Here we have a concise history of the Russian state security services from 1917 until approximately 1988 when the book was published. Founded directly after the revolution by Dzerzhinskiy and Lenin, the Cheka, as it was then known, eventually morphed into the NKVD and ultimately the KGB. These respective services were the backbone of the Soviet state and were responsible for keeping it in power. Dziak describes the Soviet Union as a counterintelligence state that came into being through a conspiracy and remained a conspiracy throughout its existence. We learn about the terroristic and deceitful methods they consistently employed to this end, as well as the internal power struggles within the system.
One of the themes of the book is how the post-Stalin Soviets attempted to rehabilitate their legacy after Uncle Joe died by going back to a more "pure" version of the Cheka supposedly represented by Lenin and Dzerzhinskiy. In other words, they tried to write off Stalinism and the NKVD as a cruel deviation from its intended purpose. This, according to Dziak, was mostly a cop-out though as the original Cheka was incredibly terroristic as well. While Stalin's vicious personality undoubtedly worsened things in those years, the framework for terror and repression had long been established by Lenin and Dzerzhinskiy.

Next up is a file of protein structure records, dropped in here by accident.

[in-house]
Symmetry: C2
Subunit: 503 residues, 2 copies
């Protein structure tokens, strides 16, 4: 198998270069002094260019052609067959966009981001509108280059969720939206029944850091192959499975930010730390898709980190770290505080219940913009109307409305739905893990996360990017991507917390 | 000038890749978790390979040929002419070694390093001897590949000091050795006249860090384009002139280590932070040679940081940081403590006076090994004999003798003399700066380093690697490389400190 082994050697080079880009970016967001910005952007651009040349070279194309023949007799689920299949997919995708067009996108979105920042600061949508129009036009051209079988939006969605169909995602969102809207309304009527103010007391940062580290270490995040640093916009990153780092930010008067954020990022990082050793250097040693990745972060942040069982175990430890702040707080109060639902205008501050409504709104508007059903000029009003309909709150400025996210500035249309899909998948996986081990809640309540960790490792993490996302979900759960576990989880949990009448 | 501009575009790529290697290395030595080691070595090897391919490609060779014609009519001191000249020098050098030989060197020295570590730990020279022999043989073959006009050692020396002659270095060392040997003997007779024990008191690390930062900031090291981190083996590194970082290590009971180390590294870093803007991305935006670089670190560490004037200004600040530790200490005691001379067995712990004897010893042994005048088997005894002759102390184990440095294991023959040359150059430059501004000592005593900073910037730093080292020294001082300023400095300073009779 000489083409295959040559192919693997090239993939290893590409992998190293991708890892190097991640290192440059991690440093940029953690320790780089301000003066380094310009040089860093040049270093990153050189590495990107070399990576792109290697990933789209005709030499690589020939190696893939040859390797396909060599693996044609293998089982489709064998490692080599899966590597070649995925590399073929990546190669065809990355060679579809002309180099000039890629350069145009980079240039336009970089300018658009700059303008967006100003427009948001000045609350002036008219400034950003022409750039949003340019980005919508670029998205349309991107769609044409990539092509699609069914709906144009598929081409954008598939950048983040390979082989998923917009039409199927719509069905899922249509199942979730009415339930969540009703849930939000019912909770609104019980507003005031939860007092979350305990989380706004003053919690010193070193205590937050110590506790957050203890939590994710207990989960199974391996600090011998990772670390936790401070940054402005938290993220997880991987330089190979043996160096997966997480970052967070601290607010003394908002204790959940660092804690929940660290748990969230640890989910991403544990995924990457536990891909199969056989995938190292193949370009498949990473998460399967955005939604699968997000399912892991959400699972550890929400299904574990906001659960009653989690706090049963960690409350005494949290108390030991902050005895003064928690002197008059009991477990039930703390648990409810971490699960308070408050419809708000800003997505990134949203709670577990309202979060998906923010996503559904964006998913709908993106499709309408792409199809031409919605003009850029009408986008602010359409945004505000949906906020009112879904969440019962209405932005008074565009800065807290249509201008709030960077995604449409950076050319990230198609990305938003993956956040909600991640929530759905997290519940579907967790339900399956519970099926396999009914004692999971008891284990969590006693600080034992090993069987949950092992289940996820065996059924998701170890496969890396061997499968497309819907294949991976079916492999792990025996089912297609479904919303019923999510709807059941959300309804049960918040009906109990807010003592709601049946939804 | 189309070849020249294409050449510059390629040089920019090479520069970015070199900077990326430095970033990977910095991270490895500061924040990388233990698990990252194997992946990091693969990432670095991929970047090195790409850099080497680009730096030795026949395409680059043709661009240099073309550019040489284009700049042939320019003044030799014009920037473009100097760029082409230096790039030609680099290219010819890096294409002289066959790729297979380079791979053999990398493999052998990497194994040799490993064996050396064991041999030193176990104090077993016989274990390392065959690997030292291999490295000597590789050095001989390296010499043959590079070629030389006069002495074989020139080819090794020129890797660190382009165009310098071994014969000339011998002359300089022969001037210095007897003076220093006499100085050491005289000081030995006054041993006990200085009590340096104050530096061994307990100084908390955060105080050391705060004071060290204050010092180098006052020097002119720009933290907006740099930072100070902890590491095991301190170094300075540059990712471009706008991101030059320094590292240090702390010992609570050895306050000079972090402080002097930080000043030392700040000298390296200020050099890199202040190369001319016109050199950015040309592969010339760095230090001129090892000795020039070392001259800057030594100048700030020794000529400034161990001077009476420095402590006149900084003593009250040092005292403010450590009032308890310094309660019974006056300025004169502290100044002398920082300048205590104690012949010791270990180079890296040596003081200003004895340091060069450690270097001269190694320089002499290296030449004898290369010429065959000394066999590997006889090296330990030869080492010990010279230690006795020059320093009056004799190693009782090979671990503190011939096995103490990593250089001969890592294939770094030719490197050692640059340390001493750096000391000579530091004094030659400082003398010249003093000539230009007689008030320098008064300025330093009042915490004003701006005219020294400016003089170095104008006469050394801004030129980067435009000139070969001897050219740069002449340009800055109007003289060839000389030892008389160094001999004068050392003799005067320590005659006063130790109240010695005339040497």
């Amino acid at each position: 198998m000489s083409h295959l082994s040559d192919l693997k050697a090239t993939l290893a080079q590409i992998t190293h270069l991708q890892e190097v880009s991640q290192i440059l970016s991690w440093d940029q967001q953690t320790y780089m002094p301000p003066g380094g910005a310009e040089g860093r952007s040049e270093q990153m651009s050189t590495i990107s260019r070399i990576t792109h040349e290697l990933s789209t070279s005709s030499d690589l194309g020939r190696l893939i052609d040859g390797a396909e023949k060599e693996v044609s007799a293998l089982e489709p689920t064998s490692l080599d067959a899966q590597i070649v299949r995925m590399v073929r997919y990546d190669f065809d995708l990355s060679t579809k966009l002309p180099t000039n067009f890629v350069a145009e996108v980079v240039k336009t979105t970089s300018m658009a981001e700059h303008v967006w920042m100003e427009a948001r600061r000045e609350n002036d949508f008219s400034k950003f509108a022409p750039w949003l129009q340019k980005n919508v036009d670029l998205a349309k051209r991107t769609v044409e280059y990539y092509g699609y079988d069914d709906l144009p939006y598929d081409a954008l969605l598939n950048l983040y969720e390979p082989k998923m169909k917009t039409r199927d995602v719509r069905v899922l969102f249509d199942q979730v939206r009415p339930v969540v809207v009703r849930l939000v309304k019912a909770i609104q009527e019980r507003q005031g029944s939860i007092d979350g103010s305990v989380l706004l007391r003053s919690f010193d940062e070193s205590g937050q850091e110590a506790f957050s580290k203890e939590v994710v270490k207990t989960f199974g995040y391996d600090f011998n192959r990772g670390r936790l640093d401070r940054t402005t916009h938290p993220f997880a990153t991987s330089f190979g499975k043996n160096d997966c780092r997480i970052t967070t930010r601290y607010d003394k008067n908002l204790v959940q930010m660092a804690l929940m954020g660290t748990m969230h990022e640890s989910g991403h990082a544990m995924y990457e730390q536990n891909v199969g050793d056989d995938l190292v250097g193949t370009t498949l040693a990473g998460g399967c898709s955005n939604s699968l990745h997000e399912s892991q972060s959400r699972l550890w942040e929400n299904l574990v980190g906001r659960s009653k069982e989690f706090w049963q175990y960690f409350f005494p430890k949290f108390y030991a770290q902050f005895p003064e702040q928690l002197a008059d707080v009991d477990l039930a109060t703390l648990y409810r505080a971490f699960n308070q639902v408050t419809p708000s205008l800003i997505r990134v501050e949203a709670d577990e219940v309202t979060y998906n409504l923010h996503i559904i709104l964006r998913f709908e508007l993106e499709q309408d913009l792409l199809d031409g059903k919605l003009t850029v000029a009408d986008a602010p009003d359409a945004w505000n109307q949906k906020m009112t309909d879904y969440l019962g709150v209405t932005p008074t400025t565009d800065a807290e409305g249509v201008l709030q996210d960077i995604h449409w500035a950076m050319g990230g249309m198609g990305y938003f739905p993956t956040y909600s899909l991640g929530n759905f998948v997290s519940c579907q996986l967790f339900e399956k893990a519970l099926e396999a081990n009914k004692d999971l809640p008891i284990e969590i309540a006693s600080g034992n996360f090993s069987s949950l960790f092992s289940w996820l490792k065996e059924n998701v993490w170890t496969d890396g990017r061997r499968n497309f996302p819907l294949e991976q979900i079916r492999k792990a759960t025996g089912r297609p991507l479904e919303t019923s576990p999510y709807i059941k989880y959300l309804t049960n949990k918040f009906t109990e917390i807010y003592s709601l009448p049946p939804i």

I should say that this is not an easy read and frankly I wouldn't recommend it unless you are seriously interested in the subject. The sheer number of different acronyms and organizations is enough to make one's head spin, and it would take some serious study of the entire system to fully comprehend it, I think. Being that the book was published before the fall and thus the opening of the Soviet archives, I'm sure some of the information is also fit for revision. That being said, it seems to me that the historiography of the subject is still rather thin so this would still be considered valuable.